The Iraqi parliament in session. The legislature has wrapped up discussions on the budget, but passing it will still be a challenged, say Kurdish MPs. Photo: Rudaw
BAGHDAD – Kurdish lawmakers in Baghdad have succeeded in enshrining the payment of Kurdistan Regional Government (KRG) employees and Peshmerga in the 2019 budget bill. These payments will be protected, even if the Kurdistan Region fails to hand over oil to the Iraqi government.
"We focused on guaranteeing [KRG] employees' payments, and installed in the budget that [salaries] are given to the Kurdistan Region monthly even if there is no political agreement between both sides," Bashir Haddad, deputy speaker of the Iraqi parliament, told Rudaw.
The budget bill obliges the Iraqi government to pay the salaries of KRG employees, some 521 billion dinar ($437.8 million) monthly, the same way it pays state employees in other parts of Iraq, Haddad added. These payments are not to be a bargaining tool during political disagreements.
Under the bill, the KRG will have to hand over 250,000 barrels of oil daily to Baghdad.
The parliament wrapped up its discussion on the 2019 draft budget on Thursday. It will convene on Saturday, but the budget is not on the agenda.
While KRG and Peshmerga salaries have been enshrined in the bill, “passing it will not be easy,” Hoshyar Abdullah, a member of the financial committee, wrote on Facebook.
The KRG’s failure to hand over oil to Iraq’s state marketing company SOMO has caused upset some lawmakers, he explained.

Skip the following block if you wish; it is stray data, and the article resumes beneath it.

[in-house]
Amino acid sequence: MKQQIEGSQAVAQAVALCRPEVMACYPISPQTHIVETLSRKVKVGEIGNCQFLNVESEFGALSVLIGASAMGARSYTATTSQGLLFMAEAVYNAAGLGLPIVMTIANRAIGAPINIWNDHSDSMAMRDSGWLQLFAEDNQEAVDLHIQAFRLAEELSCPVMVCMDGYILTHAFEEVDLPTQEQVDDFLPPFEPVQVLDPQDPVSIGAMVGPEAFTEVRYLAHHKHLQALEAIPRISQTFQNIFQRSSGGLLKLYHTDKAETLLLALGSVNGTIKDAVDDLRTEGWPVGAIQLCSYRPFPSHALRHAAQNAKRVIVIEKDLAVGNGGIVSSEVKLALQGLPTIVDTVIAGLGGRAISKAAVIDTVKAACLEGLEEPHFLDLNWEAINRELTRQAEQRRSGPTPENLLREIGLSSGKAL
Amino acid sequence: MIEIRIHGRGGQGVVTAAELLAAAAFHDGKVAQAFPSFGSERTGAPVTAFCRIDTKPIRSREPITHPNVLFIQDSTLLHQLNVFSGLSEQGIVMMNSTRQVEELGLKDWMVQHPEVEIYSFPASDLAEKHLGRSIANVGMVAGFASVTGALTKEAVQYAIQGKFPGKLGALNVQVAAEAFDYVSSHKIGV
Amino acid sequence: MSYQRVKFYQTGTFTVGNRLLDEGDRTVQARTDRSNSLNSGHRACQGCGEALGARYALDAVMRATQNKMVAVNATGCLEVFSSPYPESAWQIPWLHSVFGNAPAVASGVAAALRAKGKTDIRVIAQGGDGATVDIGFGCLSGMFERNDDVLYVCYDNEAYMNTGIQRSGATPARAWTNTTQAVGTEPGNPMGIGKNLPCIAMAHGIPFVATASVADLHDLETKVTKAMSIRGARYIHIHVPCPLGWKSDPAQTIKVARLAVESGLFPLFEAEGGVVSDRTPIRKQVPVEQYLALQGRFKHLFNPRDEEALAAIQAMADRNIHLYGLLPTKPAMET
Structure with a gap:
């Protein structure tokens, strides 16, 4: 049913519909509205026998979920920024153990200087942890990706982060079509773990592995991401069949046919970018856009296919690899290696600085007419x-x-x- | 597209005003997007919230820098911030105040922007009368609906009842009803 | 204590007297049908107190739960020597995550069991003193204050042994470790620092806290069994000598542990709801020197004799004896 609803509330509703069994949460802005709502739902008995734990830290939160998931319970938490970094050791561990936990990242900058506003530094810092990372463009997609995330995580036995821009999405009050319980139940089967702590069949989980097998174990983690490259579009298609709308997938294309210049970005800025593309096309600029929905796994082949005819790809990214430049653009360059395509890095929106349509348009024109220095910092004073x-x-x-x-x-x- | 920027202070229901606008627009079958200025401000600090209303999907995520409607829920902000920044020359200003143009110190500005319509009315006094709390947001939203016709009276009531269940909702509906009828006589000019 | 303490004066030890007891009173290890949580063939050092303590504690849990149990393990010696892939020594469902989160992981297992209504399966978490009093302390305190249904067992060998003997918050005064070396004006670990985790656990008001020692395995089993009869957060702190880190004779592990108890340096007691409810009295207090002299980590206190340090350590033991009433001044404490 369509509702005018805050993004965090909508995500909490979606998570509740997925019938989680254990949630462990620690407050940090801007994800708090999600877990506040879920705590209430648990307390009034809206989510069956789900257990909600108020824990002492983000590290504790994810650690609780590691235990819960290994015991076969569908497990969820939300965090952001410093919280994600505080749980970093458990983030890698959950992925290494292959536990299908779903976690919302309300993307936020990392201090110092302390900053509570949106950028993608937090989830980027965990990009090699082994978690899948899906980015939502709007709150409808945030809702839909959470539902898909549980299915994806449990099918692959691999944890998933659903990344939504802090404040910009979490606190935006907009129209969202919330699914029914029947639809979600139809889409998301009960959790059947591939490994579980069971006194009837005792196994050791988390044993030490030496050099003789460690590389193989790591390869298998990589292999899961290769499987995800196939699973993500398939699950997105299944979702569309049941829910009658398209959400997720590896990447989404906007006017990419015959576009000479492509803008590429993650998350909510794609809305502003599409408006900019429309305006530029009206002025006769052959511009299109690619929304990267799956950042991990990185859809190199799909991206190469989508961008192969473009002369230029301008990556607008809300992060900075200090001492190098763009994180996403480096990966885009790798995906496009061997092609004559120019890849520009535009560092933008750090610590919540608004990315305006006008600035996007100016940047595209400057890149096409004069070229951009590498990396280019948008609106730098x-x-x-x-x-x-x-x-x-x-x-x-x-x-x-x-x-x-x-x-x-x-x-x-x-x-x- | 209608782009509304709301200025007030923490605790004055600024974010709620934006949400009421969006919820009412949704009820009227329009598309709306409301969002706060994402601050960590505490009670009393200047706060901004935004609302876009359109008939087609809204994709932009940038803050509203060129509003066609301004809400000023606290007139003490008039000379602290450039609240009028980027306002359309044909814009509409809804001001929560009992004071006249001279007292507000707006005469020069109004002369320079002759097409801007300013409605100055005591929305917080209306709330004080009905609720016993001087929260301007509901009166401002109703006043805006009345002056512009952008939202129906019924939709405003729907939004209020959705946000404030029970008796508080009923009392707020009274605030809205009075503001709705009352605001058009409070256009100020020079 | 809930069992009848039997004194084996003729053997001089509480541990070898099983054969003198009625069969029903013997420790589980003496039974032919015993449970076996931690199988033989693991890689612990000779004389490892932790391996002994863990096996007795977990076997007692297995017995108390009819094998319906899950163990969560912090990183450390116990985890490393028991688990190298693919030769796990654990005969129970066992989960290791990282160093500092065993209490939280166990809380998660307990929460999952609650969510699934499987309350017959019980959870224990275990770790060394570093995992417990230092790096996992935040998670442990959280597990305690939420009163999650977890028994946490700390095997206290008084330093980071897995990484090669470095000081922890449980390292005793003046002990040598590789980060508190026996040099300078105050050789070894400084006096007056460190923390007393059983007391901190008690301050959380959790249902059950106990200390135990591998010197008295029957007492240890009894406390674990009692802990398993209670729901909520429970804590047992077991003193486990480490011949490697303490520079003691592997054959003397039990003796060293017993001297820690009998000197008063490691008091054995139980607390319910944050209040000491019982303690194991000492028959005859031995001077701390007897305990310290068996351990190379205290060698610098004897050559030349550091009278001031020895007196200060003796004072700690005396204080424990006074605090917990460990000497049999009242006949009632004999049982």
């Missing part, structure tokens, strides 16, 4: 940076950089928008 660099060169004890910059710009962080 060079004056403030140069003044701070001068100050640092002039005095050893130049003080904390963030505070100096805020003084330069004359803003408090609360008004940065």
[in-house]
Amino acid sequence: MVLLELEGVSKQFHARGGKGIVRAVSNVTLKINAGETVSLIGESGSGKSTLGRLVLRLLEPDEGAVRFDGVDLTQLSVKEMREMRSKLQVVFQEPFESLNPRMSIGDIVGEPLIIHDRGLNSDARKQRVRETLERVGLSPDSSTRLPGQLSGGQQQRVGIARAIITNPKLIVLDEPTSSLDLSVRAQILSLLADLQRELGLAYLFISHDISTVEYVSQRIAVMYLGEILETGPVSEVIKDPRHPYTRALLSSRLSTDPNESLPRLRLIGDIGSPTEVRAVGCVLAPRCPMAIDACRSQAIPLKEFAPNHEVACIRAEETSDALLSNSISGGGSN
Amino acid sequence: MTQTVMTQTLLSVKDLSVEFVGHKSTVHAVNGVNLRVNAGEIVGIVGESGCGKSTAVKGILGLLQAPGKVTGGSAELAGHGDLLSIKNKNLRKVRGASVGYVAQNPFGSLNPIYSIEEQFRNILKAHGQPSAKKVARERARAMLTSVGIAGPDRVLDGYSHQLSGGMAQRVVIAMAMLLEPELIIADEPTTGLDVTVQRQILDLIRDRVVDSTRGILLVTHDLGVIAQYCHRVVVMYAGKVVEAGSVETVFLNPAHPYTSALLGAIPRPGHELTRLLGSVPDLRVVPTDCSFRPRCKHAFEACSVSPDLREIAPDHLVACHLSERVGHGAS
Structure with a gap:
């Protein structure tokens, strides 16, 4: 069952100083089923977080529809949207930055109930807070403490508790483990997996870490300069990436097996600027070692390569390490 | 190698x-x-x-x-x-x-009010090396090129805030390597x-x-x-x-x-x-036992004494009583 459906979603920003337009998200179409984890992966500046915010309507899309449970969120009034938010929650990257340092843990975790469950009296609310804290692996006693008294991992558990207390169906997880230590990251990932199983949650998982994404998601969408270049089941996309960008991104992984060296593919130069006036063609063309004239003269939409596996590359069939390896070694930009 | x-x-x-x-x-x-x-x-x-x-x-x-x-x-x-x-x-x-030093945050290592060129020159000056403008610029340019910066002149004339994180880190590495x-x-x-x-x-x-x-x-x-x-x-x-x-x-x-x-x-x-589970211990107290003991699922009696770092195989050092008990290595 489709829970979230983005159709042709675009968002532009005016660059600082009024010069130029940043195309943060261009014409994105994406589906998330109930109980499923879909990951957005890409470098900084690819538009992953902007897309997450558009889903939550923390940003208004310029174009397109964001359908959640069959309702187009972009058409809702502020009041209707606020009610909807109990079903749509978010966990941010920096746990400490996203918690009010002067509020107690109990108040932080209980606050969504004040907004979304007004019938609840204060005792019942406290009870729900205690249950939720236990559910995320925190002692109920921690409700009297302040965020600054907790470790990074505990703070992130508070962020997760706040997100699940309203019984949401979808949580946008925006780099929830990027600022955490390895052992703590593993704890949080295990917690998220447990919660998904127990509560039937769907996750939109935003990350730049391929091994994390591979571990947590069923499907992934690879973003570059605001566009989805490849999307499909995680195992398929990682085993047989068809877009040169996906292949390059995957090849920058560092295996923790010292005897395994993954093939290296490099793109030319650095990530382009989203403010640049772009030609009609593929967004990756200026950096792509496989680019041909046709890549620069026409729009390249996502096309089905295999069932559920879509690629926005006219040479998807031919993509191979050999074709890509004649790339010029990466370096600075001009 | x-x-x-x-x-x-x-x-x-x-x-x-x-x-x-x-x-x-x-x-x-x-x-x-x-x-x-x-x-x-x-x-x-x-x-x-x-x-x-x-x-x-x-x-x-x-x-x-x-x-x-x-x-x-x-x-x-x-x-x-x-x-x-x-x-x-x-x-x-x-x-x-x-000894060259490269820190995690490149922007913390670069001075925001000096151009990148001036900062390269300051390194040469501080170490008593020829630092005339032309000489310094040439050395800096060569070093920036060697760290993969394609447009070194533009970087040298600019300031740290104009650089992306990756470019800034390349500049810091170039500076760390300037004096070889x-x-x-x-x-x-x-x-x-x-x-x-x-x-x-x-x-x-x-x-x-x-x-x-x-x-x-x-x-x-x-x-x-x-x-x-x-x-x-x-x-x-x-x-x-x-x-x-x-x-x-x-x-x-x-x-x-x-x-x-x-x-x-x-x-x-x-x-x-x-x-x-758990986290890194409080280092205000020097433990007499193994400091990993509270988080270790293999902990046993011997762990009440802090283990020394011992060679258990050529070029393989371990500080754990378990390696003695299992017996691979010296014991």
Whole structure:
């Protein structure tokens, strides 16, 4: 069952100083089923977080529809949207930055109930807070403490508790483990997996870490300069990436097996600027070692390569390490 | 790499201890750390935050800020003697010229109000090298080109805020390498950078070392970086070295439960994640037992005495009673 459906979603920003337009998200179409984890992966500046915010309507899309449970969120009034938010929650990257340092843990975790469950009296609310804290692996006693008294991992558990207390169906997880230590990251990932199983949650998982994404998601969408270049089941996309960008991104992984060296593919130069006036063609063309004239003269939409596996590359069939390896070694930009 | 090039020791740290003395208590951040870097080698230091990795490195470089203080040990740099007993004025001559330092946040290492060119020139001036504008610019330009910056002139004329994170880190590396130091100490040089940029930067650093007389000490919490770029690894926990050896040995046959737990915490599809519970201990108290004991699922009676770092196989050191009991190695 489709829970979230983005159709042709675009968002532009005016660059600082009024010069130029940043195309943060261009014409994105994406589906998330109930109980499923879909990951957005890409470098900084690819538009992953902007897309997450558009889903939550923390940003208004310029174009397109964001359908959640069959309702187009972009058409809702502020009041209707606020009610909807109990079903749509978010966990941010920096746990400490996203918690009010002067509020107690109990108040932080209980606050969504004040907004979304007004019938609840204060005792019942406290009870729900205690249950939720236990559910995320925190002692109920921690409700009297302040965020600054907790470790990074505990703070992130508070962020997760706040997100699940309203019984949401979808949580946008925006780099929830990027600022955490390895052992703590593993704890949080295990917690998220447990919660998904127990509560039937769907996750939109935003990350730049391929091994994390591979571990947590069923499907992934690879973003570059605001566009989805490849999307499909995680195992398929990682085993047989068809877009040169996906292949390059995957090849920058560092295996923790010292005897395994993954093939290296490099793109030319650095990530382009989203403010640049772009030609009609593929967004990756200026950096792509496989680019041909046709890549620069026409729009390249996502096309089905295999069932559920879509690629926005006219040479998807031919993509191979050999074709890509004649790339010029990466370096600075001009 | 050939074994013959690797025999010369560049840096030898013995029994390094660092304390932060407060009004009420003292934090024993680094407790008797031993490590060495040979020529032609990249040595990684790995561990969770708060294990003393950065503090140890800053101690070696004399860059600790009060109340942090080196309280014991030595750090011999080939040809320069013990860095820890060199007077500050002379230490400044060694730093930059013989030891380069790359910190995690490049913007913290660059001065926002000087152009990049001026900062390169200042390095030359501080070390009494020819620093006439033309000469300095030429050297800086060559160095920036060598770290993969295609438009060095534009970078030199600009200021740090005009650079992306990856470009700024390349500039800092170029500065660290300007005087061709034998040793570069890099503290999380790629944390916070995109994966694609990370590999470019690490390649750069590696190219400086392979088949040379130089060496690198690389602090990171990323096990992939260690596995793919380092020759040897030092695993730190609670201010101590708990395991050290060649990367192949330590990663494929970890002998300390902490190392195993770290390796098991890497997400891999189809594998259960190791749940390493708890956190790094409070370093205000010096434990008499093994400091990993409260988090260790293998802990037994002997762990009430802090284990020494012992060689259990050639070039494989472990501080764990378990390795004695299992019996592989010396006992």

Erbil’s independent oil sales are a major sore point in Baghdad, which stopped sending money to the regional government in 2014 over the issue.
Relations between the two governments have improved with the new administration in Baghdad and there is hope that they can resolve some of their longstanding problems, like the disputed areas claimed by both and defined under Article 140 of the constitution.
The budget bill dedicates 50 billion Iraqi dinar ($42 million) for reopening Article 140 offices in Kirkuk and Nineveh and an additional 800 billion dinar ($672 million) for implementation of the article.
The section of the constitution dictates that the disputed areas must be resolved via a referendum to determine whether they will remain part of federal Iraq or be absorbed by the Kurdistan Region. It was supposed to have been enacted more than a decade ago, but successive governments have failed to do so.
The parliament's finance committee is expected to send a delegation to the Kurdistan Region in the near future to discuss these matters and ensure the Region will hand over oil to SOMO.
Kurdish lawmakers are hopeful this is a good sign.
"Revitalization of Article 140 and dedication of the budget signifies a positive policy by the federal government to work on the issue and not let it die,” MP Muthana Amin told Rudaw.
But he warned not to be complacent, pointing to reported ongoing Arabization in Kirkuk.
With reporting in Baghdad by Halkawt Aziz.